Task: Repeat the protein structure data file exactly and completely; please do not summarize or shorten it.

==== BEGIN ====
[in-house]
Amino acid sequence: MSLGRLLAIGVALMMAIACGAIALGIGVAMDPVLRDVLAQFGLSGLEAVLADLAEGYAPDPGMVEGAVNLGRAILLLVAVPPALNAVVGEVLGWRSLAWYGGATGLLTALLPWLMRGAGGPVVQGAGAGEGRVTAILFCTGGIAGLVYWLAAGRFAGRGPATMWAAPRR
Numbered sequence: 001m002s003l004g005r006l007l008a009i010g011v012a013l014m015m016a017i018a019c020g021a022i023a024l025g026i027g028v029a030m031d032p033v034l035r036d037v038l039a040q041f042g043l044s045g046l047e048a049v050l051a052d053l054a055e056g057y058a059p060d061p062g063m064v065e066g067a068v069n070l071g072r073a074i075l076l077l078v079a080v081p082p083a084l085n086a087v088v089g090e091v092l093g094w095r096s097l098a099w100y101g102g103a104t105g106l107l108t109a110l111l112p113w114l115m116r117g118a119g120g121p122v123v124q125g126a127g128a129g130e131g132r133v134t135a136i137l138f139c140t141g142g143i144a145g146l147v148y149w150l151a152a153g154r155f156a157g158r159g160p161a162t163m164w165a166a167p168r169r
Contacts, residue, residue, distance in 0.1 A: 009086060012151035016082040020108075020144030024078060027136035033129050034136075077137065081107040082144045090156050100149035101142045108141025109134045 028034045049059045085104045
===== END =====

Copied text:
[in-house]
Amino acid sequence: MSLGRLLAIGVALMMAIACGAIALGIGVAMDPVLRDVLAQFGLSGLEAVLADLAEGYAPDPGMVEGAVNLGRAILLLVAVPPALNAVVGEVLGWRSLAWYGGATGLLTALLPWLMRGAGGPVVQGAGAGEGRVTAILFCTGGIAGLVYWLAAGRFAGRGPATMWAAPRR
Numbered sequence: 001m002s003l004g005r006l007l008a009i010g011v012a013l014m015m016a017i018a019c020g021a022i023a024l025g026i027g028v029a030m031d032p033v034l035r036d037v038l039a040q041f042g043l044s045g046l047e048a049v050l051a052d053l054a055e056g057y058a059p060d061p062g063m064v065e066g067a068v069n070l071g072r073a074i075l076l077l078v079a080v081p082p083a084l085n086a087v088v089g090e091v092l093g094w095r096s097l098a099w100y101g102g103a104t105g106l107l108t109a110l111l112p113w114l115m116r117g118a119g120g121p122v123v124q125g126a127g128a129g130e131g132r133v134t135a136i137l138f139c140t141g142g143i144a145g146l147v148y149w150l151a152a153g154r155f156a157g158r159g160p161a162t163m164w165a166a167p168r169r
Contacts, residue, residue, distance in 0.1 A: 009086060012151035016082040020108075020144030024078060027136035033129050034136075077137065081107040082144045090156050100149035101142045108141025109134045 028034045049059045085104045